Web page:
In Superintending Engineer, Public Health, UT Chandigarh vs Kuldip Singh , 1997, the Supreme Court held that in the light of the 77th amendment, the claims of the S.C./S.T. candidates shall be taken into consideration in the matters of appointments and promotions.

In 1999, the apex court in Haridas Parsedia vs Urmila Shakya observed that in the case of departmental promotion examinations, held exclusively for S.Cs and S.Ts, the qualifying marks/standards could be lowered to the extent of 10 per cent.

Subsequently, in 2000, Parliament, through the 82nd amendment to the Constitution, inserted a proviso to Article 335 providing for relaxation in the matters of promotion for S.C./S.T. candidates to any class or classes of services of post in connection with the affairs of the Union or of a State.

In 2006, the court upheld the constitutional validity of the 77th and 82nd amendments in M. Nagaraj and Other vs Union of India .

The judgment in Rohtas Bhankhar and Others vs Union of India has reiterated the constitutionality of reservation in promotions. The Bench, comprising Chief Justice R.M. Lodha and Justices J.S. Khehar, J. Chelameswar, A.K. Sikri and R.F. Nariman, observed: “We are in respectful agreement with the decision in Kuldip Singh and approve the same.” It also stated that the CAT, in this instance, followed the S. Vinod Kumar judgment which is not a “good law” and declared the office memorandum issued by the DoPT in 1997 illegal.

Bojja Tharakan, senior advocate in the Andhra Pradesh High Court, told Frontline : “The spirit of the Constitution is in favour of substantive affirmative action which makes a real difference in the lives of people from S.C./S.T. categories. There are occasions when the apex court has failed to honour these commitments, but the balance has been restored in subsequent judgments. However, the resentment of upper-caste candidates continues.”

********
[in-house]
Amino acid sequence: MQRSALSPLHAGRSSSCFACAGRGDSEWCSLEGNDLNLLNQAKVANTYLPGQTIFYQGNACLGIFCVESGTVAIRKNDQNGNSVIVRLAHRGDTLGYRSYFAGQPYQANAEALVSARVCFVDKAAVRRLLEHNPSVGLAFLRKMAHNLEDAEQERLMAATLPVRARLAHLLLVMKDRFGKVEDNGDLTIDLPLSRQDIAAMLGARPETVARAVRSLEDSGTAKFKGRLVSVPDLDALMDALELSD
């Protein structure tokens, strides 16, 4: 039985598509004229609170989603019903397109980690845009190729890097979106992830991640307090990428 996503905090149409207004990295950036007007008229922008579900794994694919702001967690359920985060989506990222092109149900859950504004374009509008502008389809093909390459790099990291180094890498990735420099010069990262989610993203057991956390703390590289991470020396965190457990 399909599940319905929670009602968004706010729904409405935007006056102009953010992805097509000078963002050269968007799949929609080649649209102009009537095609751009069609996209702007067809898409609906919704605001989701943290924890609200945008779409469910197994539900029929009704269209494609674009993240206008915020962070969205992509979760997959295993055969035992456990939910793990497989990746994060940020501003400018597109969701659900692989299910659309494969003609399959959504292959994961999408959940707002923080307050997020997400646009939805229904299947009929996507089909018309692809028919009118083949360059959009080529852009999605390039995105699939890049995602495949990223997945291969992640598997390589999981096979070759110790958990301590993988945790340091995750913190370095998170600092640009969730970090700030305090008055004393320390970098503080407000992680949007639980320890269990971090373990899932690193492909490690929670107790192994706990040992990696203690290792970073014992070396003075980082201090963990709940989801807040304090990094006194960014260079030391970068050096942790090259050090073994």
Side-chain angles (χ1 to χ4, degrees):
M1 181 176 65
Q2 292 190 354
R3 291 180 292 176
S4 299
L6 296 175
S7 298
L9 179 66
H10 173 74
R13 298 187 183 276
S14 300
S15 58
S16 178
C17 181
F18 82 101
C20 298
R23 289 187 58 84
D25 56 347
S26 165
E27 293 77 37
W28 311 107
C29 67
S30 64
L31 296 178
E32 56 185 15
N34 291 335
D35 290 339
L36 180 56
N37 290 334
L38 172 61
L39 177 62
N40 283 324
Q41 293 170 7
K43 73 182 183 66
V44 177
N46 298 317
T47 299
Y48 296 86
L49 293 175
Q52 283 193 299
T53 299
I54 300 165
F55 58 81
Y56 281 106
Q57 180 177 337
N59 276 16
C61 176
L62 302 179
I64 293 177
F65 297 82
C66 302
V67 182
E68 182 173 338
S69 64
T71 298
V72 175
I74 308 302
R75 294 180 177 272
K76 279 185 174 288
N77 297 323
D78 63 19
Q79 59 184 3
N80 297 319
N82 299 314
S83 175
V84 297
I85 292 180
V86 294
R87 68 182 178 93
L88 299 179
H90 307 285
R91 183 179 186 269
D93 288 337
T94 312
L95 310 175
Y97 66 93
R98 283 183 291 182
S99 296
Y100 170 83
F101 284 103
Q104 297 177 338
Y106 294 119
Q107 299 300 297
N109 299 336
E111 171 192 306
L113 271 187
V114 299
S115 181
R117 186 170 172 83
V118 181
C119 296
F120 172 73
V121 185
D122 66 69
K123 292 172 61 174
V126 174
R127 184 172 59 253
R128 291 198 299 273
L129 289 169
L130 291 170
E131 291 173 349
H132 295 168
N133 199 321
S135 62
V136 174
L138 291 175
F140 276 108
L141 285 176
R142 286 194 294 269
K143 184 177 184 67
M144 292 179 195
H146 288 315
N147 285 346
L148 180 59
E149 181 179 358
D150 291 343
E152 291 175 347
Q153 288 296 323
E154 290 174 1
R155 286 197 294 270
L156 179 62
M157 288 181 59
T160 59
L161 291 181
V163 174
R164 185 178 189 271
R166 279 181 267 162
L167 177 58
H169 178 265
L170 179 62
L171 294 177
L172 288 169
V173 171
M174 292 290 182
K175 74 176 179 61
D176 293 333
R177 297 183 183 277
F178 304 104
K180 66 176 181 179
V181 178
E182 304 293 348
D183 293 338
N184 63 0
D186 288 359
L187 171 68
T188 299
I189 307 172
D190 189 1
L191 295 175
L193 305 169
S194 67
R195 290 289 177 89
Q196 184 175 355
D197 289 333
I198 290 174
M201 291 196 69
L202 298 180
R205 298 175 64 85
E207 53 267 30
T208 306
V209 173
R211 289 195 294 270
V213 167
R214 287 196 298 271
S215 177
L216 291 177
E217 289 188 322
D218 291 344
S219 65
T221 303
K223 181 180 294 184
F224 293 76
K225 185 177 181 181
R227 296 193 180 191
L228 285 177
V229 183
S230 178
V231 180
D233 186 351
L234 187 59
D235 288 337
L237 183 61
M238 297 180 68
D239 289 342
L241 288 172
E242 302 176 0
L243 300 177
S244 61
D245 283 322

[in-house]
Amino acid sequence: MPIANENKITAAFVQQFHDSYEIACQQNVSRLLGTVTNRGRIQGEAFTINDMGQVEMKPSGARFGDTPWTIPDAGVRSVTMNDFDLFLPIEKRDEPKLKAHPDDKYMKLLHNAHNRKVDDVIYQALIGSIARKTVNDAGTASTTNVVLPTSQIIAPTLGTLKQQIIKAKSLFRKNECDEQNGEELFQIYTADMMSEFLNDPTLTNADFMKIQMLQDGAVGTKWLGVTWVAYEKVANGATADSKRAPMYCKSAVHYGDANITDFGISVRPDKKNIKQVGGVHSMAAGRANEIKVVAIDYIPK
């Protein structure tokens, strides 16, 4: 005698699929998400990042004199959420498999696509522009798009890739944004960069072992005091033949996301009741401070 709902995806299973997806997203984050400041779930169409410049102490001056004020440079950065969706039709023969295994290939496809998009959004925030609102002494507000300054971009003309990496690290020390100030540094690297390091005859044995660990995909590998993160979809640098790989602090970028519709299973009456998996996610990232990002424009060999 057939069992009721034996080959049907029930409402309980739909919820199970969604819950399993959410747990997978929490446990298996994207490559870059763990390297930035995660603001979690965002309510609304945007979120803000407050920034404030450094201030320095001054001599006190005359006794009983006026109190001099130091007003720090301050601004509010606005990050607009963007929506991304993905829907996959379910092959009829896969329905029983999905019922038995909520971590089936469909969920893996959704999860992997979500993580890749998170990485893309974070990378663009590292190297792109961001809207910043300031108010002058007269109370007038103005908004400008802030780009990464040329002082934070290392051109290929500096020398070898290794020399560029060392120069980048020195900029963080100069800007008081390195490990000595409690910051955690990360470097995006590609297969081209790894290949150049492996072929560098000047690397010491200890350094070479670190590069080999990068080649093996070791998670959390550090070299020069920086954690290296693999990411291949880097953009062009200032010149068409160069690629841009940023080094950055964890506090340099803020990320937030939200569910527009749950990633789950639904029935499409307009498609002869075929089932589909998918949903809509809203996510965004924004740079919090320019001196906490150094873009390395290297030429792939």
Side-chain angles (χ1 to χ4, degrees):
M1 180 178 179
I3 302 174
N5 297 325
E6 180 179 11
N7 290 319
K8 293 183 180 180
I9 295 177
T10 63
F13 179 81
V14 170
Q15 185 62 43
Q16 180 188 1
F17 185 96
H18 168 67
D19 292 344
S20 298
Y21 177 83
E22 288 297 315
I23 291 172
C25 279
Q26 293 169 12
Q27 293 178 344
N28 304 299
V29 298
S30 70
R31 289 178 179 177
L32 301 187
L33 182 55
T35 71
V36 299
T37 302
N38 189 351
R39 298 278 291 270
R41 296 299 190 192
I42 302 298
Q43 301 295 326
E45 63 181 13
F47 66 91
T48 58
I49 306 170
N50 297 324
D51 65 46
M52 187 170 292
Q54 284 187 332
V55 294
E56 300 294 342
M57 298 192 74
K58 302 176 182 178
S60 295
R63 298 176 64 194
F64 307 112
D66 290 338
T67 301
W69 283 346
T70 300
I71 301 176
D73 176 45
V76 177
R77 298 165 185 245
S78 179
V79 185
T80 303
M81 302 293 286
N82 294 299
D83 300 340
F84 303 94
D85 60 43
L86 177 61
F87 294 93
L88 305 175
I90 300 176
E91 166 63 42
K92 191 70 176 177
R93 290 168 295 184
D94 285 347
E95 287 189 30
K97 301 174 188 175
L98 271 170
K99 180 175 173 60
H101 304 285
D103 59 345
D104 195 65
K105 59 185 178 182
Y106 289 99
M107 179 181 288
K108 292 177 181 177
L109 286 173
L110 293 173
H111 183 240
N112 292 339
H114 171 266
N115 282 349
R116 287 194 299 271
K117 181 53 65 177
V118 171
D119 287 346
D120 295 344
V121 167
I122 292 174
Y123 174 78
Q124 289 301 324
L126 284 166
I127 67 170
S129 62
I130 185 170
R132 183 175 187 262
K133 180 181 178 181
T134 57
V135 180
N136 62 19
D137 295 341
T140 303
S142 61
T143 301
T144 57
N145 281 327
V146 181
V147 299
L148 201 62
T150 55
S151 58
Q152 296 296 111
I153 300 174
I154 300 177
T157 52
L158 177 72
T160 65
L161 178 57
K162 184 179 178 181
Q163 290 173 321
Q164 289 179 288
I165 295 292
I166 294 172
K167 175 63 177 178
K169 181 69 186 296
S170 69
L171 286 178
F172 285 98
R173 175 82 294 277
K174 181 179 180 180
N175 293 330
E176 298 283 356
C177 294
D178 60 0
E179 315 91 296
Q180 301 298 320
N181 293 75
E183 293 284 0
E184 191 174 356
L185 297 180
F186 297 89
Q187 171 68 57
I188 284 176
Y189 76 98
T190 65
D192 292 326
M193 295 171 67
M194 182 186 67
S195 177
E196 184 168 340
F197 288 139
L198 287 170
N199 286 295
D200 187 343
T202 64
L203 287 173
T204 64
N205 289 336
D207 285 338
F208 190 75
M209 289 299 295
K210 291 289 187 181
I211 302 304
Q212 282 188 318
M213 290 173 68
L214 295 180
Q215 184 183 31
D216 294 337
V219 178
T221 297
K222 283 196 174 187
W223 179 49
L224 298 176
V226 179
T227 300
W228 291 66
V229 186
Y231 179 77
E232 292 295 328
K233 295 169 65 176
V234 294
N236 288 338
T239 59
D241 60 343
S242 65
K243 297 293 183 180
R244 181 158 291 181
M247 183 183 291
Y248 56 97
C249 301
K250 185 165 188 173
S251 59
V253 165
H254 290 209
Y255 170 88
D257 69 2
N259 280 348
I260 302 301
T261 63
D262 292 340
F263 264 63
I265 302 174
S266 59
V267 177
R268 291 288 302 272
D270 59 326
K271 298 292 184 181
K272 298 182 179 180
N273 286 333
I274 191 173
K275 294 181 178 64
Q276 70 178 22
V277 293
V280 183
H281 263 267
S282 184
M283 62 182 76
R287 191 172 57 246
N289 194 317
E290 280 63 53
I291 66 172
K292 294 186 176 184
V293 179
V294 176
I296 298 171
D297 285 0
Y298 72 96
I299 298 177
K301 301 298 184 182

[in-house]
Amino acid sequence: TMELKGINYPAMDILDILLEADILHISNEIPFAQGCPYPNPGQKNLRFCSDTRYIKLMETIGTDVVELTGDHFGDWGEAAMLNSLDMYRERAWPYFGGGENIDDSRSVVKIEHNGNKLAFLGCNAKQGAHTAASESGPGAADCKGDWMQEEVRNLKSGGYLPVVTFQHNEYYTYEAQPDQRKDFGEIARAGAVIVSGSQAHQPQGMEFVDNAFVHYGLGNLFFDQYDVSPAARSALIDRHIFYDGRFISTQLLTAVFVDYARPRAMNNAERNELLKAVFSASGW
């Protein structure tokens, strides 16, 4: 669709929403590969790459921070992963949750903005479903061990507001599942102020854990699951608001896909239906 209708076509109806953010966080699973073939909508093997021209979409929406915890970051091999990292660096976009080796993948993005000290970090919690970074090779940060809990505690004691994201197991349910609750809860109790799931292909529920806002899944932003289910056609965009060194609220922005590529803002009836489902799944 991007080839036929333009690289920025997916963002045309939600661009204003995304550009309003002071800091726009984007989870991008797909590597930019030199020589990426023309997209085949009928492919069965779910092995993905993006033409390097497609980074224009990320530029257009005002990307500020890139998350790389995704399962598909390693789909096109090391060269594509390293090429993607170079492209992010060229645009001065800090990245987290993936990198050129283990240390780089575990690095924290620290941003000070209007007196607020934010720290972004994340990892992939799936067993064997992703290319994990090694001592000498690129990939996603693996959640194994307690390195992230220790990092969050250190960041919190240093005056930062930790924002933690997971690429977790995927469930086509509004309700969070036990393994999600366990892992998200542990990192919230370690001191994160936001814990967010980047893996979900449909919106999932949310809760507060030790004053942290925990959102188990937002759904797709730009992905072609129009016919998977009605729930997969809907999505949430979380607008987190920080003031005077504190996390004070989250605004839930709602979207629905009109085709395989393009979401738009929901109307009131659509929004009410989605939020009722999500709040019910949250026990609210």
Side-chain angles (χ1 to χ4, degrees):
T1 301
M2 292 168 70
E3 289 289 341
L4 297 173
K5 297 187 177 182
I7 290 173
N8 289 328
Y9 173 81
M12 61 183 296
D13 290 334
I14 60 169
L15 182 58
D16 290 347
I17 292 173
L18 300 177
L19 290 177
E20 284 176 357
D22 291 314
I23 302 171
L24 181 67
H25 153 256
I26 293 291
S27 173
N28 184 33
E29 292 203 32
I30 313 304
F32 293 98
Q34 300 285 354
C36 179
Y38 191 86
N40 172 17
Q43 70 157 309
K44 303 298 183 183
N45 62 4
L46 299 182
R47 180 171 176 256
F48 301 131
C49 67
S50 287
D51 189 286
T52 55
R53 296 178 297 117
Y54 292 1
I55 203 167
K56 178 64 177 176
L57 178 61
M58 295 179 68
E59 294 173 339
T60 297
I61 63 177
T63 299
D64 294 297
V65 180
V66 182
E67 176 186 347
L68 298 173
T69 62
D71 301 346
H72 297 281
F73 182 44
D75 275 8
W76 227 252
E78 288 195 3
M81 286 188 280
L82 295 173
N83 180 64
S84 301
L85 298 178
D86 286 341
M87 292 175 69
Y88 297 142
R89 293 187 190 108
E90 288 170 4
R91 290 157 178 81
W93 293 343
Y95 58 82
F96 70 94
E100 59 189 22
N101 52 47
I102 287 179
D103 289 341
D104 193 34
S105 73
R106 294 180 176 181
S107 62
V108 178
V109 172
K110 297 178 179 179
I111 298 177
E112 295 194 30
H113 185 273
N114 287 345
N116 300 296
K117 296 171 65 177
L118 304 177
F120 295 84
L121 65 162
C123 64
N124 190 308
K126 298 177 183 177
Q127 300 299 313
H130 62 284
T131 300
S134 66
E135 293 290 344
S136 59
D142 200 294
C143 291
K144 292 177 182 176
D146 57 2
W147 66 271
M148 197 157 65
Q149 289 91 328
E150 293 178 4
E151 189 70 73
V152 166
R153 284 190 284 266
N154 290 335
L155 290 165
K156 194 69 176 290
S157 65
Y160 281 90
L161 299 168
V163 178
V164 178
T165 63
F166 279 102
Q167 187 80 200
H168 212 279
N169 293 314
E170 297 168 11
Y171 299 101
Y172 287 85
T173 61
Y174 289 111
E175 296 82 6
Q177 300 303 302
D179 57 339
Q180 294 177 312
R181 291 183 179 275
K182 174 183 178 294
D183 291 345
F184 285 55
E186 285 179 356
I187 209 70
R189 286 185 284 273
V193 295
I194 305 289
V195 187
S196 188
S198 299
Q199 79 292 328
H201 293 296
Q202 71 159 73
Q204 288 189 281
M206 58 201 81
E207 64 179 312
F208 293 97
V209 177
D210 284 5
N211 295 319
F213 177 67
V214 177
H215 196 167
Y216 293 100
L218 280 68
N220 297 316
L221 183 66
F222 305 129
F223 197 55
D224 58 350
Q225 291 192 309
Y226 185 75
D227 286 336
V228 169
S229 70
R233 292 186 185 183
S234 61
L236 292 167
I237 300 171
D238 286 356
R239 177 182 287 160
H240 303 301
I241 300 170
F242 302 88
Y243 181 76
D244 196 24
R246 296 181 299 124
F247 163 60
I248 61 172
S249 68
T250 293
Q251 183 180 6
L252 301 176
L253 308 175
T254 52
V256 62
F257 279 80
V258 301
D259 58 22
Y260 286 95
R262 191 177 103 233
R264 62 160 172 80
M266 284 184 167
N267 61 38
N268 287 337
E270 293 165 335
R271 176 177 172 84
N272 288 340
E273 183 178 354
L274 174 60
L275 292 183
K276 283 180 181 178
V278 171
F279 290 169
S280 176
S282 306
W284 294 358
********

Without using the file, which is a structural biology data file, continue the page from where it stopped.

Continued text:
International precedents

Those in favour of reservation in promotions argue that they ensure substantive equality of opportunity for S.C./S.T. candidates and go beyond the token gesture of reservation in public service. Pointing to international precedents, Chauhan said: “Even the Supreme Court of the United States of America in U.S. vs Philip Paradise, 1987, upheld relaxation of promotion criteria for black candidates.”

In 1972, a district court in the U.S. issued an order imposing a hiring quota on the Alabama Department of Public Safety for blacks and urged the department not to engage in discrimination in hiring practices and promotions. Upholding the district court order, the U.S. Supreme Court held in 1987 that “the race-conscious relief ordered by the district court is justified by a compelling governmental interest in eradicating the department’s pervasive, systematic, and obstinate discriminatory exclusion of blacks.”

The Indian Supreme Court’s verdict is a timely intervention in the context of continuing discrimination against S.C./S.T. employees in public service. Bhankhar said, “The court order assumes importance at a time when government offices are gradually looking at outsourcing many of their functions to private parties. The provision of relaxation and affirmative actions are not available on deputation.”